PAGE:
Monday, March 2, 2009

A Guest Entry: Movie Mondays by Lauren Hoffman

So when my friend Lo asked if she could write a guest blog entry, I jumped at it. DUH, LAUREN. She is a)a real writer, b)super funny, and c)one of my favorite people in the world. (She would probably like me to correct that: my favorite person in the world.) I got so excited that when she told me this morning that the entry was eaten by her bad computer, I made her do it again immediately. And she did. In less than a day.

Our friendship began almost two years ago when I sent Lauren a desperate (though very composed) email looking for a place to stay for a month upon my impending move to Manhattan. I kind of knew her from college (her friends knew my friends) and found her name on the Ole Almni site. She happened to have a room open and I moved in one week later. From there we slowly crept into each others' lives. I say slowly because we were pretty much afraid of each other from the get-go.

I was bright eyed and bushy tailed... in love with EVERYTHING I saw and extremely optimistic about my new life in the big city. She was a grad student who just finished her thesis on... what did you write about, Lo? Vomiting? But despite all odds, we bonded one night over Bedazzles and when I moved out a month later we started seeing movies together every Monday and laughing each week over burritos and soda with lots of lime. Thus, Movie Monday was born. And two very different girls became besties.

Its been exactly one year since she moved to Seattle from New York and I miss her always. (Always, always, right, Lo? Definitely. Maybe!)

Every word in her entry below is true and all of her words help explain all of my words. We're good for each other, we've decided.

Enjoy. ;)

Sarah and I are very different people.

No, really: Sarah and I are VERY different, people. We’ve come up with a bunch of analogies to describe the contrast – a photograph and its negative, two sides to the same coin – but I think the best one we’ve come up with is this: I am the Meredith Grey to Sarah’s Izzy Stevens. That statement is so true that I just had to think for several minutes about what Izzy’s last name really was, because all I could think of was Butler. But we found our common ground on Movie Mondays, a weekly tradition of a movie (preferably at one of the good, downtown theaters) and dinner (Chipotle) that went on for over six months, just the two of us.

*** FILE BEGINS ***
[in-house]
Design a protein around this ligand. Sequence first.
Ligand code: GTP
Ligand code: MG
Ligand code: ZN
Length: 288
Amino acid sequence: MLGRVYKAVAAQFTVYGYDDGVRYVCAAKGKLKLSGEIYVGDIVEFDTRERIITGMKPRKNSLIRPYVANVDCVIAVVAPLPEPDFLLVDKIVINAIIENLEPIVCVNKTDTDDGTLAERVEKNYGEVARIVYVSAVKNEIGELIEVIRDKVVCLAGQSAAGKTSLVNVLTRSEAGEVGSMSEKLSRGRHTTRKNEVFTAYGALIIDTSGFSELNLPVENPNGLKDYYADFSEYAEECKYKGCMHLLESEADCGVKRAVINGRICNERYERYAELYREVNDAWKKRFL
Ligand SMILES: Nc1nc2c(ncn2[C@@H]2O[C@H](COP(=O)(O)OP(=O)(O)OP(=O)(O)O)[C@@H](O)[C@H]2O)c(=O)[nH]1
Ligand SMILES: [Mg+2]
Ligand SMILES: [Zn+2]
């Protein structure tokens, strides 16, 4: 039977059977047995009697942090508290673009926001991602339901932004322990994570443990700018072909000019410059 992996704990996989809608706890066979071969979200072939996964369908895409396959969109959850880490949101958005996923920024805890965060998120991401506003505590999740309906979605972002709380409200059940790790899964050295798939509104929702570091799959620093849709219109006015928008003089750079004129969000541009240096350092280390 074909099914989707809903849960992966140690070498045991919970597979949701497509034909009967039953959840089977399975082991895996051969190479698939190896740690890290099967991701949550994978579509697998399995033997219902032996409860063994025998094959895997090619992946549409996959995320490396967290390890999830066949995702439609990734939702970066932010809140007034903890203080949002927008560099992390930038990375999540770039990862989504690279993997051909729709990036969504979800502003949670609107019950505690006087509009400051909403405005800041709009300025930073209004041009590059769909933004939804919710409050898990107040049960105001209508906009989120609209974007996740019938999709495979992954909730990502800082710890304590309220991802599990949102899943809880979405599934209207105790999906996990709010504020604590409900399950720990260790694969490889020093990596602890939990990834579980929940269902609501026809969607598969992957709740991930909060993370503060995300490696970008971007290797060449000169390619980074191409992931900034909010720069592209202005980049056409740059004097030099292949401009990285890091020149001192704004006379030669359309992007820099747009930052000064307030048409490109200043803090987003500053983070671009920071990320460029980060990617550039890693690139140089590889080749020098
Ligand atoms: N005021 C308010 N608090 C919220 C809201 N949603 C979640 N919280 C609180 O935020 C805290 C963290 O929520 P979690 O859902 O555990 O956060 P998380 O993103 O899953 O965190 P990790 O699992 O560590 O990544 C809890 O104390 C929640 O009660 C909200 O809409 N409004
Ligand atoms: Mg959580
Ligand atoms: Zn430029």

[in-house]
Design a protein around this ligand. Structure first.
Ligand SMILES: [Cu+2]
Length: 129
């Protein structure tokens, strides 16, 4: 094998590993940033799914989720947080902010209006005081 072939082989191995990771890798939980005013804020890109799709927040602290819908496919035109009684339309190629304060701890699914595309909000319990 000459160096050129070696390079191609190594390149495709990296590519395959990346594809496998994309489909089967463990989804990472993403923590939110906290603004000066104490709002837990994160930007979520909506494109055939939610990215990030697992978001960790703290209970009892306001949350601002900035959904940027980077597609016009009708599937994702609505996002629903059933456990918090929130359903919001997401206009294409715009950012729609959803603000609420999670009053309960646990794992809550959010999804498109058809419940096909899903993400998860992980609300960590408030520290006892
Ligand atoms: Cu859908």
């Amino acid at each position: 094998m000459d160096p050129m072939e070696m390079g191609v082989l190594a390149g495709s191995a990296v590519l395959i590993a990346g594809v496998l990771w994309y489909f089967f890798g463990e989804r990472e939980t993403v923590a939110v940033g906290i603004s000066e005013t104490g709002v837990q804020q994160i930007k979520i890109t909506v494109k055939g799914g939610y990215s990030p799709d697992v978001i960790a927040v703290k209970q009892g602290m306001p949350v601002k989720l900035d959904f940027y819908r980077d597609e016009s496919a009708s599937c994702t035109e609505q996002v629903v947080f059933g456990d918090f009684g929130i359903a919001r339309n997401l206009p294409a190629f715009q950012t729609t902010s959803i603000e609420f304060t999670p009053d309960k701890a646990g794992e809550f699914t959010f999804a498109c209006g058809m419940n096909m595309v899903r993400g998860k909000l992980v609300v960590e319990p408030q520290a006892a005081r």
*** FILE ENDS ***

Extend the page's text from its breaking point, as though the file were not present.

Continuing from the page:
The thing about me is that I am really, really self-absorbed. Like, probably to an extent that it could be clinically diagnosed as something, though I like to think that I’m aware of it enough to keep it from making me 100% insufferable. For example: I have made, over the past year, four mix cds called “The Lauren Hoffman Songs” and one called “Have Yourself a Maudlin Little Christmas,” all of which were songs that were, clearly, all about me. And only me. Specifically.

This means that every Monday for six months, after every movie we saw – Across the Universe, Lars and the Real Girl, The Savages, Enchanted, The Darjeeling Limited, and I think even Atonement, but only because I REALLY looked like that creepy kid when I was little – Sarah would get to hear a litany of reasons why the movie we’d just seen was all about me. And after awhile, she got into the act too (ask her about 27 Dresses sometime).

You can call it vanity or whatever. You can call it self-absorption (see the above paragraph, because I already have). But I kind of think it’s okay. Better than okay, even. There’s a way in which thinking things are all about you is completely selfish. Feeling like a work of art – a book or a painting or an Amy Adams movie or, God help me, an Ashlee Simpson song – was created for you makes you feel special. Unique. Singled out. There is the silent, smug joy of knowing you are the only one who can TRULY understand.

But thinking something is yours also makes you forge a connection that is unimaginably deep with it. You laugh harder. You cry so hard you choke. You live and die with the characters on the screen. You get to feel so ridiculously fucking passionate about something, and I am of the belief that one) passion is the best thing humanity is capable of and two) passion is the best response a filmmaker, lyricist, author, whatever, can hope for.

And feeling so intensely about something abstract – it stretches you. It’s almost like a rehearsal, like you’re using something pretend to open a valve in you that lets this deep, all-consuming feeling run through. I’m of the belief – and I’ve had enough intense feelings and, um, therapy to feel like I’m qualified to speak on the matter – that when you learn to feel true passion and connection in one area of your life, others follow. It seems like feeling like art is all about you should close you off, narrow your scope, but it opens. It widens.

No, really. It’s true.

And that’s why, if I’m ever staring Carly Simon in the face, and she has occasion to raise her eyebrows at me and say, “You’re so vain. You probably think this song is about you,” I will stare right back at her, and I will say, “Damn. Straight.”


MeggieSue said...

love. love. love.

to both of you.

Katie Henly said...

Lauren, I love this entry so much. And I truly think it's about me. We must meet.

La said...

Loved your guest appearance.